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A Chair, A Fireplace & a Tea Cozy
Inside A Chair, A Fireplace & a Tea Cozy

2011 Morris Award

The Morris Award is one of two YALSA Awards that work a bit different. It (and the YALSA Award for Excellence in NonFiction for Young  Adults) announce a shortlist about six or so weeks before Midwinter. Then, at Midwinter, the announcements are made about the winner and honor books. The announcements are made on Monday morning, and that same night, a reception is held.

This year’s winner was The Freak Observer by Blythe Woolston. From my review: “the real strength of the book is the fascinating character of Loa and the glimpses into the people around her. Any one of them is strong enough to support their own book, because each has their own story or motivation or damage and we only see glimpses, the glimpses that Loa knows, and part of Loa’s growth is when she realizes that people do things for reasons that are not all about her.”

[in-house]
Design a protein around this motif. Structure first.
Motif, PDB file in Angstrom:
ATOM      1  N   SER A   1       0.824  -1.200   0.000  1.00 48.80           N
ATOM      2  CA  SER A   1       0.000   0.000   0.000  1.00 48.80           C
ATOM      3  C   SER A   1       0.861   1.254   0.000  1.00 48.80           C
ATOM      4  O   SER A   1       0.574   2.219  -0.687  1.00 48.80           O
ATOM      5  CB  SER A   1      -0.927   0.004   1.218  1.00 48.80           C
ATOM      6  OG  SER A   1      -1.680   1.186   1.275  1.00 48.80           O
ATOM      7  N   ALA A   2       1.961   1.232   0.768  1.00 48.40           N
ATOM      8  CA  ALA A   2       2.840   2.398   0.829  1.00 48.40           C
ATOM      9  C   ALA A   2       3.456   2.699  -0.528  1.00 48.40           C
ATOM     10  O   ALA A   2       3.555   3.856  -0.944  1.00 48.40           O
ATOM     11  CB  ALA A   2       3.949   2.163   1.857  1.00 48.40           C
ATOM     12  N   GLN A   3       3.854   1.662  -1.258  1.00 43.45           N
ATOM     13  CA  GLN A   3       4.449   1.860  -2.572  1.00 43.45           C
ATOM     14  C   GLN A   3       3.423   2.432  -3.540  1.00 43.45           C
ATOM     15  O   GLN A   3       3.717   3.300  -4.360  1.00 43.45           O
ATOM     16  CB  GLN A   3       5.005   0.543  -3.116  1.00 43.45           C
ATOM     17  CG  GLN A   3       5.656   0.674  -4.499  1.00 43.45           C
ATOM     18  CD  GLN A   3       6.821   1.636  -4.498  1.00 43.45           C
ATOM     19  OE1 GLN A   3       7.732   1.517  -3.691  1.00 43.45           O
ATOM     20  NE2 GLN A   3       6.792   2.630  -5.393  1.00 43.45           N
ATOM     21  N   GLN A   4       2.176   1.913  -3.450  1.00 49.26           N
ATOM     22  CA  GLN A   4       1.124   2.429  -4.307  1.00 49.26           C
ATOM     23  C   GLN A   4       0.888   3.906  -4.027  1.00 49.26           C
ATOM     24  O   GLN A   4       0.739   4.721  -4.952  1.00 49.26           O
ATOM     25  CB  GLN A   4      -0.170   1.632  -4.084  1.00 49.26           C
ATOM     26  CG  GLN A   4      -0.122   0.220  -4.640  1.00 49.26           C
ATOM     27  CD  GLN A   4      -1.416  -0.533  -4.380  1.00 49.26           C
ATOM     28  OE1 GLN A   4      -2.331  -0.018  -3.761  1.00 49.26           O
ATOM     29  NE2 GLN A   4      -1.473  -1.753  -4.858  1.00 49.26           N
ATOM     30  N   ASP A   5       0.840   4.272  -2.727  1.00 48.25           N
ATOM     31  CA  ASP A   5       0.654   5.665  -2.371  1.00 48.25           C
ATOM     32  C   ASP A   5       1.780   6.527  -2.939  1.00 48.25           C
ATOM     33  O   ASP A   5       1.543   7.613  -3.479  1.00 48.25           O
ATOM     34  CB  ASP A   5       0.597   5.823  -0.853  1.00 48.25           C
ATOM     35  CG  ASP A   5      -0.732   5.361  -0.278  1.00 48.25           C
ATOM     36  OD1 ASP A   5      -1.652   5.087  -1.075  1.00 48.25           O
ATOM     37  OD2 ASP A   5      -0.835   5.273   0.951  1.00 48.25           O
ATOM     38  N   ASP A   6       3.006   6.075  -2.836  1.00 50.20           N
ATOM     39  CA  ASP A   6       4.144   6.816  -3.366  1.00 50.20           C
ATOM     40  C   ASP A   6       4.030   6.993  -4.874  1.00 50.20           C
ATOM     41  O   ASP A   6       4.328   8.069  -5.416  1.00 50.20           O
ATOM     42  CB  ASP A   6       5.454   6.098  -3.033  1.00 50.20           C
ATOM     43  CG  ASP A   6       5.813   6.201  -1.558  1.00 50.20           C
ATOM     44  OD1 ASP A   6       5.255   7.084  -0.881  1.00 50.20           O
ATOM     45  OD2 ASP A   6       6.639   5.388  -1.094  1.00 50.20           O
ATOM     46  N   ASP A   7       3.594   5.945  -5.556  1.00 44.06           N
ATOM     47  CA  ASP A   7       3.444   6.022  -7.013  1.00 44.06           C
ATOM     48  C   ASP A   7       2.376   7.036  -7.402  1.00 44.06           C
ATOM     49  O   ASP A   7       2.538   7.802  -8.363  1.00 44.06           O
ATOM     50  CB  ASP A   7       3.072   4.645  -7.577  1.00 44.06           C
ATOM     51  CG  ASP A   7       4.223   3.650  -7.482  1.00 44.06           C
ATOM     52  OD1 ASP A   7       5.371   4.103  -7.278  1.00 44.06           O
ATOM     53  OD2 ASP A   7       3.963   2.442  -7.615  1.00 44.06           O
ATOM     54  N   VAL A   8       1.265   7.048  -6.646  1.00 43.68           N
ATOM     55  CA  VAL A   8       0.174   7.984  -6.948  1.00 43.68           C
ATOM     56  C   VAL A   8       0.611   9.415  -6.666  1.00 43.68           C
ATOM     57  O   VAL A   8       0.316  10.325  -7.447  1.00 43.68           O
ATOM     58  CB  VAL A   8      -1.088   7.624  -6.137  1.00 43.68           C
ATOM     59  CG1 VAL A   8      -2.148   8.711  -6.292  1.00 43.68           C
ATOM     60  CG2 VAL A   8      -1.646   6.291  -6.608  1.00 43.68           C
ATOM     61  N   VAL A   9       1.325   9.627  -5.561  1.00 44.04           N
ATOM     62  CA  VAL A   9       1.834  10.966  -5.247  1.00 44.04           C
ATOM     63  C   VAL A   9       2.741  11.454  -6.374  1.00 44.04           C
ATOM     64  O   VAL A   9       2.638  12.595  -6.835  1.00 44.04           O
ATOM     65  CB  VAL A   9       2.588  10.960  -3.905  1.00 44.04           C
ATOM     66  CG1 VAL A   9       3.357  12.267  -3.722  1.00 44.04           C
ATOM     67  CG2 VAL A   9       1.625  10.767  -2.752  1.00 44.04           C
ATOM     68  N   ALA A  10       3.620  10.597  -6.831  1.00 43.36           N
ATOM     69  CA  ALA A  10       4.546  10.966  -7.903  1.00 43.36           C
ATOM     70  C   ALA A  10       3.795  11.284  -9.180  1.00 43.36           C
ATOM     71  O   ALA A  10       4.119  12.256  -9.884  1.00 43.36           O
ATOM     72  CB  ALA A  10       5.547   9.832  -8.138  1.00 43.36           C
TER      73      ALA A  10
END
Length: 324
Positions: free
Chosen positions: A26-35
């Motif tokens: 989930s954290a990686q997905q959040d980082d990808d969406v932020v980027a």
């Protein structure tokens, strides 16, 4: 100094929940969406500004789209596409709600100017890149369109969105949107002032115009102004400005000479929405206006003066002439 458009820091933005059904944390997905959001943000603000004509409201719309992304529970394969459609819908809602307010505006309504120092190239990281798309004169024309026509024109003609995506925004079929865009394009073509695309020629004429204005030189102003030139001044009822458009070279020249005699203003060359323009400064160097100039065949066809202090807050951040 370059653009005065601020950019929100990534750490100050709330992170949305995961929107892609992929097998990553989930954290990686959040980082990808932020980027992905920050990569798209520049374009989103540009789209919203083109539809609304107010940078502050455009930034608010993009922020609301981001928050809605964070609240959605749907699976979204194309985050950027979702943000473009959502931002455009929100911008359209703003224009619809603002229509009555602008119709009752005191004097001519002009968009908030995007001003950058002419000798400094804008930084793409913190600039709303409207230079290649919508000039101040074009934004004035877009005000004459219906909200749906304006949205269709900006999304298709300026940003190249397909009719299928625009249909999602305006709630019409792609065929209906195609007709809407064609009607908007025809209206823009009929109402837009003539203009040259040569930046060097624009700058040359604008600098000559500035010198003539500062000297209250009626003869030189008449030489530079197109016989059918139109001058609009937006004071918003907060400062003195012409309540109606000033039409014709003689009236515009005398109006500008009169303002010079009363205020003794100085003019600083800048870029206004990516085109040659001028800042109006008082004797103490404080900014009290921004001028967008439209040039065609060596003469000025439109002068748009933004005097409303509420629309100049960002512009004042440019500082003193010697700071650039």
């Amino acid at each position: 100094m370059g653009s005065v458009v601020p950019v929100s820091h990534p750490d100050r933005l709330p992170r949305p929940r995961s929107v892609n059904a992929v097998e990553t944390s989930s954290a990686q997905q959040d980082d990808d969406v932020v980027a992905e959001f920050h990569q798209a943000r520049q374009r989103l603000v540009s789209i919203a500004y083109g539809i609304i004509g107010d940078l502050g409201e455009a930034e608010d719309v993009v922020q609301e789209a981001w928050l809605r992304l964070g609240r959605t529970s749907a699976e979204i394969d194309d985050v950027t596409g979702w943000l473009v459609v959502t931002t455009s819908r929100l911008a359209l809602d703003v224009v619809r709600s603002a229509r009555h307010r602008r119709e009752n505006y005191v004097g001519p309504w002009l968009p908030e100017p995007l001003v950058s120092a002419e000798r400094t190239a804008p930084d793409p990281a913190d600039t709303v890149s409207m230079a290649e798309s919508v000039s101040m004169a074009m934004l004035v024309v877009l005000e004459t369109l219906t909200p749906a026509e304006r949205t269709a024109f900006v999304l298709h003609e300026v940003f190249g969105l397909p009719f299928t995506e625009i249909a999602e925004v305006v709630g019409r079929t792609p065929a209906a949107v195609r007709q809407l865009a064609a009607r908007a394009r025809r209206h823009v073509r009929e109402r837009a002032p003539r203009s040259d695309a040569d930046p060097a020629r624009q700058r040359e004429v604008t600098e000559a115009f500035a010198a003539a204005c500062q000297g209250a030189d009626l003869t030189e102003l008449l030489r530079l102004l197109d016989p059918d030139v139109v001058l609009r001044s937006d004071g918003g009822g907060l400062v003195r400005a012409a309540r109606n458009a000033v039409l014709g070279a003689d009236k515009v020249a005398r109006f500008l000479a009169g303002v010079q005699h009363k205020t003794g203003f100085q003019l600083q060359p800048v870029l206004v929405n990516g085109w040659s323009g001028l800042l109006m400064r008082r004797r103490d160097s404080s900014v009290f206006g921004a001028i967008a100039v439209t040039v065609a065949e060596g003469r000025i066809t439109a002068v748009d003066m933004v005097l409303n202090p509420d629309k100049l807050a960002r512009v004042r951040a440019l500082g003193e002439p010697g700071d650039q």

The finalists were Hush by Eishes Chayil; Guardian of the Dead by Karen Healey;  Hold Me Closer, Necromancer by Lish McBride; and Crossing the Tracks by Barbara Stuber.

YALSA‘s webpage explains the use of a shortlist: “The shortlist will help raise awareness of the award and allow for new promotion and marketing to raise awareness about debut books for teens, ALA and YALSA.”

What do you think about the shortlist method for a YALSA award? I’m a bit torn. On the one hand, it is nice to have the list beforehand, to find the books, and to read them with an eye towards “why is this on the shortlist.” But, on the other, after awards are announced books are tracked down and read the same way.

Does this build excitement the way, say, that the Oscars build excitement? Are people debating both what title will win, and what did and didn’t belong on the list, the way they do the Oscars?

From the point of view of an author, does it matter whether one’s book is a finalist that wasn’t selected as a winner? Is it different to think of something as an “honor” book?